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    Fatigue and Fracture Behavior of Carbon-Steel Rails

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    The Ad Hoc Committee on Rail Research, which is composed of representatives from the American Railway Engineering Association (AREA), the Association of American Railroads (AAR), and the American Iron and Steel Institute (AISI) Committee on Railroad Materials, formulated a program to investigate the effects of metallurgical properties, mechanical properties, and applied stress conditions on the service fracture behavior of carbon-steel rails. This paper presents the fatigue and fracture behavior of five rails having extremes in room-temperature tensile properties and Charpy V-notch toughness, and an analysis of the effect of this behavior on the in-service useful life of carbon-steel rails. These five rails were removed from service after 15 to 18 years of operation and were selected from a population of about 90 rails that were removed from service because they contained service-developed defects. A companion paper in this symposium describes the results of chemical analysis, hardness and tension tests, and the results of wear, deformation, metallographic, and fractographic analysis.

    The results of the fractographic investigation conducted under AAR-AISI contract that are presented in part in the companion paper showed that in-service fatigue cracks initiated from inclusions having a width of about 0.03 mm (1.25 mils). The results of the present investigation showed that fatigue crack initiation from such small discontinuities occurs when the magnitude of the stress fluctuations applied to the railhead with the passage of each wheel are equal to about the tensile strength of the steel. The cost of the steelmaking practices required to eliminate such small discontinuities is believed to be economically prohibitive. Moreover, the detection of such discontinuities is beyond the capabilities of presently available nondestructive inspection procedures. The results also showed that the fatigue crack propagation behavior of various carbon-steel rails is essentially identical and is independent of chemical composition or mechanical properties. Moreover, the dynamic fracture toughness of these rails at the minimum operating temperature of about -351°C (-30°F) was about 27.5 MPa m (25 ksi in.), and a significant increase in the fracture toughness of the rail would result in a negligible increase in the useful fatigue life of the rail. Significant increase in the fatigue life of rails can be achieved by decreasing the wheel load, by maintaining the roadbed, by changes in the design of rails, and by establishing a residual compressive stress field in the upper portion of the railhead which can be accomplished, for example, by induction hardening. Consequently, it is suggested that the safety and reliability of rails can be ensured best by decreasing the magnitude and fluctuation of the stresses in the rail and by periodic nondestructive inspection of rails.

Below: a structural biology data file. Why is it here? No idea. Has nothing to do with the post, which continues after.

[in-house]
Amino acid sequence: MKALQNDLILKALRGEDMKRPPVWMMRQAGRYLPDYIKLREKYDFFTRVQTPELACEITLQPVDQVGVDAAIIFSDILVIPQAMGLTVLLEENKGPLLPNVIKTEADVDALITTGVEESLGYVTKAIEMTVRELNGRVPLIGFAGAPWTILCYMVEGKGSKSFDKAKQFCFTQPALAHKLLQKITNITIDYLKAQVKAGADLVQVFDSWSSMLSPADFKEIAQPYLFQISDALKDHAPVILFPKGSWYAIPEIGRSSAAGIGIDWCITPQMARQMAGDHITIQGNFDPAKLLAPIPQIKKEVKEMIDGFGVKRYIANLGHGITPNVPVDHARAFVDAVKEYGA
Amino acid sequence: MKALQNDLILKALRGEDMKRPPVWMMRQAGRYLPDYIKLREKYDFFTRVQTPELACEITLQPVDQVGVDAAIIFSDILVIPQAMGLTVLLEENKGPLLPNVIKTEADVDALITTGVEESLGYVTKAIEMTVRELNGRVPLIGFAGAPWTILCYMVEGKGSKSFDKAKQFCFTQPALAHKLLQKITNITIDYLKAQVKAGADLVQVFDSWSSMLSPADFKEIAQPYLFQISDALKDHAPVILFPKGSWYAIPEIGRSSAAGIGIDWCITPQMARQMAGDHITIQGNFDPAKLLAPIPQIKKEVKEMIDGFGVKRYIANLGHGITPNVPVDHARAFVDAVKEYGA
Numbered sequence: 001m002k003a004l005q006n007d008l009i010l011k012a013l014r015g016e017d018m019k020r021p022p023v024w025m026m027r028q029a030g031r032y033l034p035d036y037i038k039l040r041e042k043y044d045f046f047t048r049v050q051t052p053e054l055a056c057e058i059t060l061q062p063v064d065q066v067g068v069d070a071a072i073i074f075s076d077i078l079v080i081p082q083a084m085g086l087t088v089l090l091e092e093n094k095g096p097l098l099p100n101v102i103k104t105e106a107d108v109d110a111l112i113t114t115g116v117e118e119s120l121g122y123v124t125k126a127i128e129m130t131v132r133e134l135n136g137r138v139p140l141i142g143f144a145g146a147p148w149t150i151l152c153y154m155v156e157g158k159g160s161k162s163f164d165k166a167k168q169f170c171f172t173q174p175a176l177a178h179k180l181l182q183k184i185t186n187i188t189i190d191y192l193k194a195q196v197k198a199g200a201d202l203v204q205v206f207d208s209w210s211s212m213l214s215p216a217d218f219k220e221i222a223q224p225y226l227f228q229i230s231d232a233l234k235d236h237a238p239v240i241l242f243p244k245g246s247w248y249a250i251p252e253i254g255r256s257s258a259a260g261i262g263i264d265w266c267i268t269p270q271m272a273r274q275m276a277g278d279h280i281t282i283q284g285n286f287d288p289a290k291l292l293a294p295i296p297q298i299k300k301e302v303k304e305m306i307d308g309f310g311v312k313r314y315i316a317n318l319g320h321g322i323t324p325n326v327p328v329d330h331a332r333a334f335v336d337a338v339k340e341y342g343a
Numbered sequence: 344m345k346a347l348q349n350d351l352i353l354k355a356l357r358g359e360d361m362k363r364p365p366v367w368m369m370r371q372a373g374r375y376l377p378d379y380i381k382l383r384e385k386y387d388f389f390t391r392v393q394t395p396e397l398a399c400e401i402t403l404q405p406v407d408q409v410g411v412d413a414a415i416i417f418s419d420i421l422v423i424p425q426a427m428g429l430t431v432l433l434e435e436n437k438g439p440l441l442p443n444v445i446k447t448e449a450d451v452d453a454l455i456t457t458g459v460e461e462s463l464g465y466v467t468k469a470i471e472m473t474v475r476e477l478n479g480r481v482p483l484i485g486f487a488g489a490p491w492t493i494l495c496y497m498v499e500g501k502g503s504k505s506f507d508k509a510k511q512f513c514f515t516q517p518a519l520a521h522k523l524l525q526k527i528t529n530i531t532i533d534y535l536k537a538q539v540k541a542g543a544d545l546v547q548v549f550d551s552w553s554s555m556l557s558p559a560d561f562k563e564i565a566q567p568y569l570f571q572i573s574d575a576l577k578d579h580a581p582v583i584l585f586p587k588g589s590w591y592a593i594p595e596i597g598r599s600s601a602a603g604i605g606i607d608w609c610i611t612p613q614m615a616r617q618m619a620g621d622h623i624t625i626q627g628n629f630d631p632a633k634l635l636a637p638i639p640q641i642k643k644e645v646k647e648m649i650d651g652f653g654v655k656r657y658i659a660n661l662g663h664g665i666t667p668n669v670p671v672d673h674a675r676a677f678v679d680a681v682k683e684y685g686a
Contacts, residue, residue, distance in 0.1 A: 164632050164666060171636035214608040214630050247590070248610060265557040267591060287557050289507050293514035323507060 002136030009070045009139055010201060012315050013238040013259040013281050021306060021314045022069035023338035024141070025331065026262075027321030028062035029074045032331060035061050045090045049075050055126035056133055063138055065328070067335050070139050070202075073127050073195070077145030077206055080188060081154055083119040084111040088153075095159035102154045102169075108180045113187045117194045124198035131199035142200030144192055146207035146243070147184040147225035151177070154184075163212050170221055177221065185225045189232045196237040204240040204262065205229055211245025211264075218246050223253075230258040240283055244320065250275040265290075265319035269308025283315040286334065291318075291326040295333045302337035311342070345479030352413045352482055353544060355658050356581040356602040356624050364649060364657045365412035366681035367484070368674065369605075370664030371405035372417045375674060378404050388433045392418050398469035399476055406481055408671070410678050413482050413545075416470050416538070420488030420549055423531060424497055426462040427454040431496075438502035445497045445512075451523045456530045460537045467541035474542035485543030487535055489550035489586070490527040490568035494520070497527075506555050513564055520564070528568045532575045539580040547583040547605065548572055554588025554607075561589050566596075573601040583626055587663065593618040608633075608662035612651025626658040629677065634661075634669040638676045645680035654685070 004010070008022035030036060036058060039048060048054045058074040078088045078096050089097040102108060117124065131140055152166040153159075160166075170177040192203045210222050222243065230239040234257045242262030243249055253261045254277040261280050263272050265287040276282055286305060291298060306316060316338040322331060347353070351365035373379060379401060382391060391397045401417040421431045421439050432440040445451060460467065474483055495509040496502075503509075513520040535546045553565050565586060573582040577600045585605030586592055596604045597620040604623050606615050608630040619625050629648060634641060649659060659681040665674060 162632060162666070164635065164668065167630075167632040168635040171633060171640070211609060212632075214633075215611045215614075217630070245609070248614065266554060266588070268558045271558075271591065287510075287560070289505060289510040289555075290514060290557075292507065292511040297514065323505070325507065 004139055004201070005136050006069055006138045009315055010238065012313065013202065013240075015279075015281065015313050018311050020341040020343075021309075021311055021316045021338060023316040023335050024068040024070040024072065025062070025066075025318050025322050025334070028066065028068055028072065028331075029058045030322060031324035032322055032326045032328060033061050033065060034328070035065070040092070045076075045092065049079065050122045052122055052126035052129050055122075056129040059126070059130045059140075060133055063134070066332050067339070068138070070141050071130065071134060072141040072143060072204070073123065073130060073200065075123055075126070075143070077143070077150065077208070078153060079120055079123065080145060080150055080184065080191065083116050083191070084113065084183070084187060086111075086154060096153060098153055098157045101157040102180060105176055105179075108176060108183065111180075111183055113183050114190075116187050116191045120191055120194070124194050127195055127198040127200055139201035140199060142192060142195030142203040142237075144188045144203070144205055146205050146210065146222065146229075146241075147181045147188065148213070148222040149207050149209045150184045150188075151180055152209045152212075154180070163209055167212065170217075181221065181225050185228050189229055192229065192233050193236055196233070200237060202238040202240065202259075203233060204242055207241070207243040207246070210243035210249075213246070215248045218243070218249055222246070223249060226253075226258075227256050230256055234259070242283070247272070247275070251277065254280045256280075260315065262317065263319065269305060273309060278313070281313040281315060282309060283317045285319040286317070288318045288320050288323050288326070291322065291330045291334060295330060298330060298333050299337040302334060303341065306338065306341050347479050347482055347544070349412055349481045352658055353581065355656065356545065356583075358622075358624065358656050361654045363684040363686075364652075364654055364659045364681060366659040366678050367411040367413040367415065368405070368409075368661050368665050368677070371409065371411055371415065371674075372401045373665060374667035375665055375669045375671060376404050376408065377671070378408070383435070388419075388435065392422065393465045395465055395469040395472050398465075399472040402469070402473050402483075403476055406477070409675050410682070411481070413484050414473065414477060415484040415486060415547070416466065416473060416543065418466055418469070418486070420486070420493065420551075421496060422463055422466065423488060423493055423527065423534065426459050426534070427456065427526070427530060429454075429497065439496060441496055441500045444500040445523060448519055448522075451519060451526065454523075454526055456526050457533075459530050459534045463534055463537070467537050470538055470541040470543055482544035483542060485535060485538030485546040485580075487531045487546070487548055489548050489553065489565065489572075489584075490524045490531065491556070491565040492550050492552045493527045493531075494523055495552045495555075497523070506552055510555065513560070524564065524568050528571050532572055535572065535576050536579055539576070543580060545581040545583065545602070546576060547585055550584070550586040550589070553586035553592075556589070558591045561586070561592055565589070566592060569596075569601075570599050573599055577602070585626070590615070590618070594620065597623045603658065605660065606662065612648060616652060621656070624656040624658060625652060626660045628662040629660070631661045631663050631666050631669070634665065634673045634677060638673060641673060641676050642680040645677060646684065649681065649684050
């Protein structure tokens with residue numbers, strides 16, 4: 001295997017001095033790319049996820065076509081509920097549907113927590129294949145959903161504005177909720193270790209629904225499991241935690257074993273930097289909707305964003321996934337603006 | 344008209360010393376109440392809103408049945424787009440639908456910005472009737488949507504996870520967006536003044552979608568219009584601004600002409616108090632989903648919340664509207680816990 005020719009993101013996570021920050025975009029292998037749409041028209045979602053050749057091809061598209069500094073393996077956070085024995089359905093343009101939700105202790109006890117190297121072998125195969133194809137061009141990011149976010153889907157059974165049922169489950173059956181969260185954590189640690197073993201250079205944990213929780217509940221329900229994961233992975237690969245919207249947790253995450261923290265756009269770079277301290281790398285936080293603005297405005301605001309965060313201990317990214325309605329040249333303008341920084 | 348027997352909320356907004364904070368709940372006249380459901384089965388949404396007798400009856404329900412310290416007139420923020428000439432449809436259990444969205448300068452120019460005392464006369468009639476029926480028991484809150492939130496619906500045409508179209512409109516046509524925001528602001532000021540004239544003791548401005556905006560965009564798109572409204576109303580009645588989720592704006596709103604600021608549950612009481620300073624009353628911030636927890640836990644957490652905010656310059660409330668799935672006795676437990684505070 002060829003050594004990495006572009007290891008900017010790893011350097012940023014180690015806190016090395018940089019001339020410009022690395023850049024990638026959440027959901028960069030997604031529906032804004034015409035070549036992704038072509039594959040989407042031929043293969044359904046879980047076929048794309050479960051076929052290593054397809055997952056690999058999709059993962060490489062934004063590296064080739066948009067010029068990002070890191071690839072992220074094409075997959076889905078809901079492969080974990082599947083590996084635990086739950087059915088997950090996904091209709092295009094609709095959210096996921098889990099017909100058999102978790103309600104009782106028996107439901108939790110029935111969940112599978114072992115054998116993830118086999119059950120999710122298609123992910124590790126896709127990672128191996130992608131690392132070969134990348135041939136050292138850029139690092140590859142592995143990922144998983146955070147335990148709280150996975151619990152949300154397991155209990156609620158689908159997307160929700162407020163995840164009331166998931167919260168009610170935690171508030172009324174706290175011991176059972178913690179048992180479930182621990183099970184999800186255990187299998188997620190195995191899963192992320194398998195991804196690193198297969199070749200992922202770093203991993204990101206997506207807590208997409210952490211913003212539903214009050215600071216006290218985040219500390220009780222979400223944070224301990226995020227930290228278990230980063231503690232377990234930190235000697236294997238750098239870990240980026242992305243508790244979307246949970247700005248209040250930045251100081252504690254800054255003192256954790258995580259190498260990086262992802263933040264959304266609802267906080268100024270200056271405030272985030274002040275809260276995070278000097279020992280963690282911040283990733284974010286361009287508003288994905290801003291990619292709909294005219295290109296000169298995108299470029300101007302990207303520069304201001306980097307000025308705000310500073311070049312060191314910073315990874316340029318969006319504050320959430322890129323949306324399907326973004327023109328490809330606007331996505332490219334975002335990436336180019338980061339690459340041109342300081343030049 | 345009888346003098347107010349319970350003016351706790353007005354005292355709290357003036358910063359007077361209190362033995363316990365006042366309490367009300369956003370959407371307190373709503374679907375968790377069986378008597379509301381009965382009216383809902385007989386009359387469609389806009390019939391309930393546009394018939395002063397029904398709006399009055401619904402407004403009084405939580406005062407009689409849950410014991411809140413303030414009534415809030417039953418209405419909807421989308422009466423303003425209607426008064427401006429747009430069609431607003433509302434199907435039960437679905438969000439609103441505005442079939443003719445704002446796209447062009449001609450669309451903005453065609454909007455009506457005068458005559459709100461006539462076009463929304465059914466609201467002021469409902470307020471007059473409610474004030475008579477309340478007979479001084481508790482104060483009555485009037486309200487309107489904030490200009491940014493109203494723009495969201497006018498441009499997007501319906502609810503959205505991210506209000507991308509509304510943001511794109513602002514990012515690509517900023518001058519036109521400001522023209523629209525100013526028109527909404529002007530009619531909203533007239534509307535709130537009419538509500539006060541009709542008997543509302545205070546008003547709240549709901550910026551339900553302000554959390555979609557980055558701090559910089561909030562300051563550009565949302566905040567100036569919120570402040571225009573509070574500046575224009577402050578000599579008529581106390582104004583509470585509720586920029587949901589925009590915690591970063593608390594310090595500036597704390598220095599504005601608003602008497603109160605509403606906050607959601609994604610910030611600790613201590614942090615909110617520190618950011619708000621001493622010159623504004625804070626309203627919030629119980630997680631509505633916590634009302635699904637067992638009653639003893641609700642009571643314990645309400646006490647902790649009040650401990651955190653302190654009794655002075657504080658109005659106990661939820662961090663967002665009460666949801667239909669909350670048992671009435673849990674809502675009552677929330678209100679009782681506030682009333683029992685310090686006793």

steels, railroad tracks, metallurgy, mechanical properties, stresses, fracture, fatigue

    Author Information:

    Barsom, JM
    Section supervisor and senior research technician, United States Steel Corporation, Research Laboratory, Monroeville, Pa

    Imhof, EJ
    Section supervisor and senior research technician, United States Steel Corporation, Research Laboratory, Monroeville, Pa

    Committee/Subcommittee: A01.01

    DOI: 10.1520/STP27118S